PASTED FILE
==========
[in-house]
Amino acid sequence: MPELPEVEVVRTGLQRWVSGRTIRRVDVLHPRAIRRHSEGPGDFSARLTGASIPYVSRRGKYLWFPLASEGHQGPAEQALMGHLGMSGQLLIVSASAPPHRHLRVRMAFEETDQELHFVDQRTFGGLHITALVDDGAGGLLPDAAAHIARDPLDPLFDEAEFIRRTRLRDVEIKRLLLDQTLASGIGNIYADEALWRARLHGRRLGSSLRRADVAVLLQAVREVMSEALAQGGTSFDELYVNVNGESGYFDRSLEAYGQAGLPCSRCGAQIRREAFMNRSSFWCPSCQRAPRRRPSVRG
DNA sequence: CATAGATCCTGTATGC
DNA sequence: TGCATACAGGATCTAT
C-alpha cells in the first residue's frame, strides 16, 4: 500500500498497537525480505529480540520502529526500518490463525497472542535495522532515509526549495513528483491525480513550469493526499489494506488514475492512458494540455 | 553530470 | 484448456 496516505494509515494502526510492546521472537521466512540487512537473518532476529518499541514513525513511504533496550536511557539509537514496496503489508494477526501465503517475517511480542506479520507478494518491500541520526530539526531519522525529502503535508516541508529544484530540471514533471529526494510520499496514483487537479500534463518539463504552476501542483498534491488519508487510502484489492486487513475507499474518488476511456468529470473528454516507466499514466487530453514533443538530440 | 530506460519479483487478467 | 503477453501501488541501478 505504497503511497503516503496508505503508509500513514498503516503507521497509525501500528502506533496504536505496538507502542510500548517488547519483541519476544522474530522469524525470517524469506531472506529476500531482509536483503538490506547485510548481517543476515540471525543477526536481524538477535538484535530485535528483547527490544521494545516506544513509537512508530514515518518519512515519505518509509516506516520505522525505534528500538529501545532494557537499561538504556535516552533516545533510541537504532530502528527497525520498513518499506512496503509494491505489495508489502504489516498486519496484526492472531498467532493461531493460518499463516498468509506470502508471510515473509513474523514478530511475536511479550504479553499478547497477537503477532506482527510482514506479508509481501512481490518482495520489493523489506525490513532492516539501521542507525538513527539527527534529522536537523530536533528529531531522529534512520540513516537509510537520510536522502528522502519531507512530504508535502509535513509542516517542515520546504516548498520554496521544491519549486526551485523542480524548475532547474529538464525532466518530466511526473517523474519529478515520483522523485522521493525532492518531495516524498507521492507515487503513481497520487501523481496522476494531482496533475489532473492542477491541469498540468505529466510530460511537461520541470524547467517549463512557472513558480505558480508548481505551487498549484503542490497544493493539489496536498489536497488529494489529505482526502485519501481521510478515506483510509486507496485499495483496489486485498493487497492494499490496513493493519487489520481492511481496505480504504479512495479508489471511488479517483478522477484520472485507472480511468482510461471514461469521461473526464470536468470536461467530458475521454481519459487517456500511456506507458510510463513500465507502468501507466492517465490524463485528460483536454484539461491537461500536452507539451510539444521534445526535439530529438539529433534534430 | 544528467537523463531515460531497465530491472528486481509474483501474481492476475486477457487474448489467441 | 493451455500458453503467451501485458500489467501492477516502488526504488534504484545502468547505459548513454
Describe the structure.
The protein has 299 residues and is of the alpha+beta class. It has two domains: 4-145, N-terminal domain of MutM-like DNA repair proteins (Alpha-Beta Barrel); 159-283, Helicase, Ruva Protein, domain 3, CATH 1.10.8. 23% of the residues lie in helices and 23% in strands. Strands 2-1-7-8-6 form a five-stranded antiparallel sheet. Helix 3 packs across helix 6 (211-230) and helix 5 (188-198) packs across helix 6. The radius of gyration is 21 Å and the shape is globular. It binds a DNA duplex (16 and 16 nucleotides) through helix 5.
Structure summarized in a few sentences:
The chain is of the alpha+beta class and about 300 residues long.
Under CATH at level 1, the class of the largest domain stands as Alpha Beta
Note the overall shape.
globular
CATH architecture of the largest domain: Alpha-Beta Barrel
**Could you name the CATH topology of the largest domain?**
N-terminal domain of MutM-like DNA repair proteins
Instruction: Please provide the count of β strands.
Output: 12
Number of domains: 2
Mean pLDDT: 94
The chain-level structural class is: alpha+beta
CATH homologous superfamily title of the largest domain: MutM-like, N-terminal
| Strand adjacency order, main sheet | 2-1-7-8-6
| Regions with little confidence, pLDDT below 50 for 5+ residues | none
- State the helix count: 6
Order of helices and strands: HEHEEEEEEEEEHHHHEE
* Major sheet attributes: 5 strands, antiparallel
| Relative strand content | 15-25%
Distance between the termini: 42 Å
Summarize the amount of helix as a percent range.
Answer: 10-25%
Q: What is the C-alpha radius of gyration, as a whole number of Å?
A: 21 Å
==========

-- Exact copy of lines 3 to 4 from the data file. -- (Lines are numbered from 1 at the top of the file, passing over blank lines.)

DNA sequence: CATAGATCCTGTATGC
DNA sequence: TGCATACAGGATCTAT